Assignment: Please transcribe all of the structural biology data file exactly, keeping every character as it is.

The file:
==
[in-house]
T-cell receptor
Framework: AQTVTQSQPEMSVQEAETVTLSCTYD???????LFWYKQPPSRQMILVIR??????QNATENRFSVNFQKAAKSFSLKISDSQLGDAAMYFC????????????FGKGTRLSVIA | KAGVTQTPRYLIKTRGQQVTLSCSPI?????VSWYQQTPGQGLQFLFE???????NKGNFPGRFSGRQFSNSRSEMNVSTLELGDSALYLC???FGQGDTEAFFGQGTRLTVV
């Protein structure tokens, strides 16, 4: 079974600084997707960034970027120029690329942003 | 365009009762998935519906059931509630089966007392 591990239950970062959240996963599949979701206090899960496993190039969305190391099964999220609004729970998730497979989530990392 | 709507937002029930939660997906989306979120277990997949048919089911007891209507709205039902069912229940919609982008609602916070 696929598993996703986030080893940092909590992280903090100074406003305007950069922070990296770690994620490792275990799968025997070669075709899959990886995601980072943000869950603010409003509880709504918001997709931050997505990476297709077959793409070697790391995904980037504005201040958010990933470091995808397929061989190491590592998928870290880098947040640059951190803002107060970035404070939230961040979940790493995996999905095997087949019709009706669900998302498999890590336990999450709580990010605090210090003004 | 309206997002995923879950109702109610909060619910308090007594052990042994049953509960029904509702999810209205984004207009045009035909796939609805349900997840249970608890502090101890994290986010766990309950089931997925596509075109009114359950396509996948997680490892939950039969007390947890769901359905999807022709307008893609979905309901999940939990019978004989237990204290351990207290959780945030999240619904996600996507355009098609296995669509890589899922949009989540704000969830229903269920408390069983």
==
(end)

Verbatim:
[in-house]
T-cell receptor
Framework: AQTVTQSQPEMSVQEAETVTLSCTYD???????LFWYKQPPSRQMILVIR??????QNATENRFSVNFQKAAKSFSLKISDSQLGDAAMYFC????????????FGKGTRLSVIA | KAGVTQTPRYLIKTRGQQVTLSCSPI?????VSWYQQTPGQGLQFLFE???????NKGNFPGRFSGRQFSNSRSEMNVSTLELGDSALYLC???FGQGDTEAFFGQGTRLTVV
């Protein structure tokens, strides 16, 4: 079974600084997707960034970027120029690329942003 | 365009009762998935519906059931509630089966007392 591990239950970062959240996963599949979701206090899960496993190039969305190391099964999220609004729970998730497979989530990392 | 709507937002029930939660997906989306979120277990997949048919089911007891209507709205039902069912229940919609982008609602916070 696929598993996703986030080893940092909590992280903090100074406003305007950069922070990296770690994620490792275990799968025997070669075709899959990886995601980072943000869950603010409003509880709504918001997709931050997505990476297709077959793409070697790391995904980037504005201040958010990933470091995808397929061989190491590592998928870290880098947040640059951190803002107060970035404070939230961040979940790493995996999905095997087949019709009706669900998302498999890590336990999450709580990010605090210090003004 | 309206997002995923879950109702109610909060619910308090007594052990042994049953509960029904509702999810209205984004207009045009035909796939609805349900997840249970608890502090101890994290986010766990309950089931997925596509075109009114359950396509996948997680490892939950039969007390947890769901359905999807022709307008893609979905309901999940939990019978004989237990204290351990207290959780945030999240619904996600996507355009098609296995669509890589899922949009989540704000969830229903269920408390069983």